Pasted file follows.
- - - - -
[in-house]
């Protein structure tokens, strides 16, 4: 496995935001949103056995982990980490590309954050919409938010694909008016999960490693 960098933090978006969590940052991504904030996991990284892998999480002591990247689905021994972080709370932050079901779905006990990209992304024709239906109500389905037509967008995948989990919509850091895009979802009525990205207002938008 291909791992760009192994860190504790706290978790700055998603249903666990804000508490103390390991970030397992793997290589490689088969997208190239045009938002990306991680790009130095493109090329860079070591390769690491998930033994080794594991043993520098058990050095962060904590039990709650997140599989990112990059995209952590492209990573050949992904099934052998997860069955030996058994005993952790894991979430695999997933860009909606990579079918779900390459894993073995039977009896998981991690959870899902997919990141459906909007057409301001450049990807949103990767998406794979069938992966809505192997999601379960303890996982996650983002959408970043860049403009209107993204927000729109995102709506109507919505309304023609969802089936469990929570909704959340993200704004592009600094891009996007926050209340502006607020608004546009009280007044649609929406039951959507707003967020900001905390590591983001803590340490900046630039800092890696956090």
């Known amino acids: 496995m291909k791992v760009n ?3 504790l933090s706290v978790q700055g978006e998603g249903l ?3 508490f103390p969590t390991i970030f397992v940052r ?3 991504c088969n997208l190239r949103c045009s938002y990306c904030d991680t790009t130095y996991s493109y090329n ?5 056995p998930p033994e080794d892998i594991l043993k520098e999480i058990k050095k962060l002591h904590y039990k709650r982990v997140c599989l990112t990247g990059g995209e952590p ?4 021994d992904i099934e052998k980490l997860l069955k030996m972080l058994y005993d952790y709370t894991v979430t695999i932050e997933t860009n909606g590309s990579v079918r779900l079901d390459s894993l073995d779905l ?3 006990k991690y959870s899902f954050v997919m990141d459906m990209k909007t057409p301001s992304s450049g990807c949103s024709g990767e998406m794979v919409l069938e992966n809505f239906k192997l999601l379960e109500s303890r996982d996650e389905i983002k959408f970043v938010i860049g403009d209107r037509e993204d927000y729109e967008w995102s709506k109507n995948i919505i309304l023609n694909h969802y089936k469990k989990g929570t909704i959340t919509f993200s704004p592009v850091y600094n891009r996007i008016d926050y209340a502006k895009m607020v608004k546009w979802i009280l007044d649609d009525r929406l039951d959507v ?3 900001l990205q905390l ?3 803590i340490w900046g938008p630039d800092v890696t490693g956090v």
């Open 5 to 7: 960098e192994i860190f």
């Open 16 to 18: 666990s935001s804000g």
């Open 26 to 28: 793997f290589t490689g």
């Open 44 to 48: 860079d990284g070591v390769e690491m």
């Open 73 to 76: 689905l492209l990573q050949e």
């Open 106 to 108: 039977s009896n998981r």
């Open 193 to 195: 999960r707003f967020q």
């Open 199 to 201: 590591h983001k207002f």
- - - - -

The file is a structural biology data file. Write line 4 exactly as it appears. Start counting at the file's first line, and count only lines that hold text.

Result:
């Open 5 to 7: 960098e192994i860190f």